Gilbert said most of her friends support Sanders or Warren. But she preferred Biden’s more moderate proposals on healthcare and the environment. On the subjects of Medicare for All and abolishing tuition fees, Gilbert said: “There’s not really funding for that, I believe. Not everything can be free.”

As for why many people her age, or even college students, are drawn to the more progressive candidates, Gilbert offered a strident criticism.

“Honestly, I believe that they’re more drawn to them because they just haven’t done their own education on everything,” Gilbert said. “For me, myself, I’ve done my own research. My parents do support Joe, but I had my own choice. They’re not, like, forcing me.”

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There are a lot of people who like Biden. In fact, a lot of people love him. At his town halls he works the crowd beautifully, strolling around the audience, placing a hand on shoulders, looking people in the eye.

He is often introduced by people who have a personal story of how he touched their lives, like on Saturday evening, when he was welcomed to a town hall by a woman who had survived domestic abuse. She was living in a halfway house, she said, when she heard about a senator who was pushing for a domestic violence bill.

It was Biden, and the bill was the Violence Against Women Act, a piece of legislation experts say contributed to a dramatic decline of domestic abuse.

“Joe Biden became my hero that day. Because he was fighting for me, my son and my daughter, even if he didn’t know it,” the woman said through tears.

“I just want him to know that he impacted my life and my children’s.”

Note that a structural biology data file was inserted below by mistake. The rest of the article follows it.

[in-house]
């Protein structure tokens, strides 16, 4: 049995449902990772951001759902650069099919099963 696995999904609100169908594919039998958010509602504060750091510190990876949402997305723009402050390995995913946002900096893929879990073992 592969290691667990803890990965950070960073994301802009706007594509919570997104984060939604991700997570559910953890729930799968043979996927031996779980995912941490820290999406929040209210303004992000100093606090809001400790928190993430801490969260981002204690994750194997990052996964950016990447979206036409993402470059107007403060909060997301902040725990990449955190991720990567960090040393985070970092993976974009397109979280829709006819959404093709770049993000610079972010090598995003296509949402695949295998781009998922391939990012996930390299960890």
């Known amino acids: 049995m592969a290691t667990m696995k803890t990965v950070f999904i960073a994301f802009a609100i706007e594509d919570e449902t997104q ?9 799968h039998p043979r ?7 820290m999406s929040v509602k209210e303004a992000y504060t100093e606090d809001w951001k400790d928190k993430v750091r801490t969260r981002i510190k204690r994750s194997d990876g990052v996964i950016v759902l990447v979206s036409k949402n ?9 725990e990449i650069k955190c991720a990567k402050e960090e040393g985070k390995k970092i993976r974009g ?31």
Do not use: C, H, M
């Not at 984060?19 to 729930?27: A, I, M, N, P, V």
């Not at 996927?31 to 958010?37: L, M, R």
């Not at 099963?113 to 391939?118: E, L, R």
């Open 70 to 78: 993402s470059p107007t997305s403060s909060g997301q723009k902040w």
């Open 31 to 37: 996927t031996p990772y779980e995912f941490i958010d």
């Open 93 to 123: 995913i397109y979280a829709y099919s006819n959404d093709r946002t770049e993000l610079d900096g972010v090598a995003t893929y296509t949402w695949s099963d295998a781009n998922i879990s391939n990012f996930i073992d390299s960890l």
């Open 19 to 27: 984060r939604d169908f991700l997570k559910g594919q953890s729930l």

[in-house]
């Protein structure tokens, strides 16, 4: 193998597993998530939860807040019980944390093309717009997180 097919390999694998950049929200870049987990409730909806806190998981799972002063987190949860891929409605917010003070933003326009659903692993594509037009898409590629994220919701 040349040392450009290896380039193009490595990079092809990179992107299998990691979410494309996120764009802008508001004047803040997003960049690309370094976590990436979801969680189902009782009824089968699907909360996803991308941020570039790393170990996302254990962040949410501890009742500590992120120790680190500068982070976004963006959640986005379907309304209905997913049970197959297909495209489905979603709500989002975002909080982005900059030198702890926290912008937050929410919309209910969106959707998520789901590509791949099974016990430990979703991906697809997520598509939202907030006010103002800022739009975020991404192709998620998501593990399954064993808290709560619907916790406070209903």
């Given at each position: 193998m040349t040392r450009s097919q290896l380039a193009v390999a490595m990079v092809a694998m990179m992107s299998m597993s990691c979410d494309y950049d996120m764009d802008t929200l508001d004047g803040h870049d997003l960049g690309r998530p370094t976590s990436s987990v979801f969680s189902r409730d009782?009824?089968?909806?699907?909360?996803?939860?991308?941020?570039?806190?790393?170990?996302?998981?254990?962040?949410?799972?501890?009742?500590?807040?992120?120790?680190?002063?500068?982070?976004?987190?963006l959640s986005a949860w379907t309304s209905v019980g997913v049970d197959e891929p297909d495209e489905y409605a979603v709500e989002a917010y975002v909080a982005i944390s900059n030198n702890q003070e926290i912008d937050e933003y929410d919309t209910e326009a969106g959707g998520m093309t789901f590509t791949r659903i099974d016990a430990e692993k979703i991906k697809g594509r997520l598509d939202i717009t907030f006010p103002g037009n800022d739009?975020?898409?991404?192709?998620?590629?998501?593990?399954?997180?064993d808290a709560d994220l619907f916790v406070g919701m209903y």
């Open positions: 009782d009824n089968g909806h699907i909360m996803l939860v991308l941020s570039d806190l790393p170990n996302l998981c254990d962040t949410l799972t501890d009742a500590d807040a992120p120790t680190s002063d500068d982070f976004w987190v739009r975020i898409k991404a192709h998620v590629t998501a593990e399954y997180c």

Biden had spent the early part of Saturday serving chili to firefighters at a town hall in Concord. The International Association of Fire Fighters, a union, has endorsed Joe Biden, and yellow “Fire Fighters for Biden” signs had been plonked in the grass surrounding the building.

Dotted among the burly firefighters were some of the young campaign staffers the Guardian had seen the day before. But there were also some new young faces. There were 21 new young faces, to be exact – all journalism students from Northeastern University. The Biden campaign had allowed them to interview people at the event, as long as they wore “Biden” stickers while they did it. Campaign photographers flitted around the crowd, grabbing pictures that included the students, none of whom actually supported Biden.

There was one young man who had come out of his own accord, though, and if Joe Biden has a more ardent supporter, the Guardian is yet to meet them.

“I wrote papers in middle school on Joe Biden, so I was really excited to finally be able to see him,” said Nicholas Dadekian, a business administration major at Rhode Island’s Bryant University. He was beaming.

“In my intro to writing classes we usually had to write a profile of somebody, and I would always choose Joe Biden.”

Dadekian was overcome after managing to get a selfie with the former vice-president. He said he likes how Biden is “down to earth” and believes he could reach across the aisle and generally “get things done”. Dadekian described himself as a moderate – he doesn’t think college tuition should be free for all, and isn’t sure about private healthcare companies being abolished to introduce Medicare for All.

In short, Dadekian is a classic Biden supporter. But he acknowledged that, in terms of people his age, he is a bit short on company.

“I do think he might be a little out of touch with the values and needs of the younger people,” Dadekian said.

Looking at some of the polling, that feels like an understatement. The New York Times/Siena College Iowa poll that found Biden winning only 2% of voters under 30 also showed that just 5% of Biden’s supporters in the state are under 45. This dearth of support isn’t restricted to Iowa: in New Hampshire, the second state to vote, only 6% of Biden’s support comes from people between 18 to 34 years old.

Biden joined the Democratic race as the clear frontrunner. Since then, he has been reined in. Having started his campaign with a big splash, he is now behind in Iowa and tied with Warren in New Hampshire – the two crucial first states to vote.

But hope is not lost. If Biden can accumulate even a small amount of young voters, if his campaign can start to attract people under 30 without suspecting them of being protesters, it could still go a long way to boosting his performance in the race.

Whether Biden is capable of doing that is up for debate. But don’t bank on Joe Biden tattoos becoming the must-have accessory of 2020.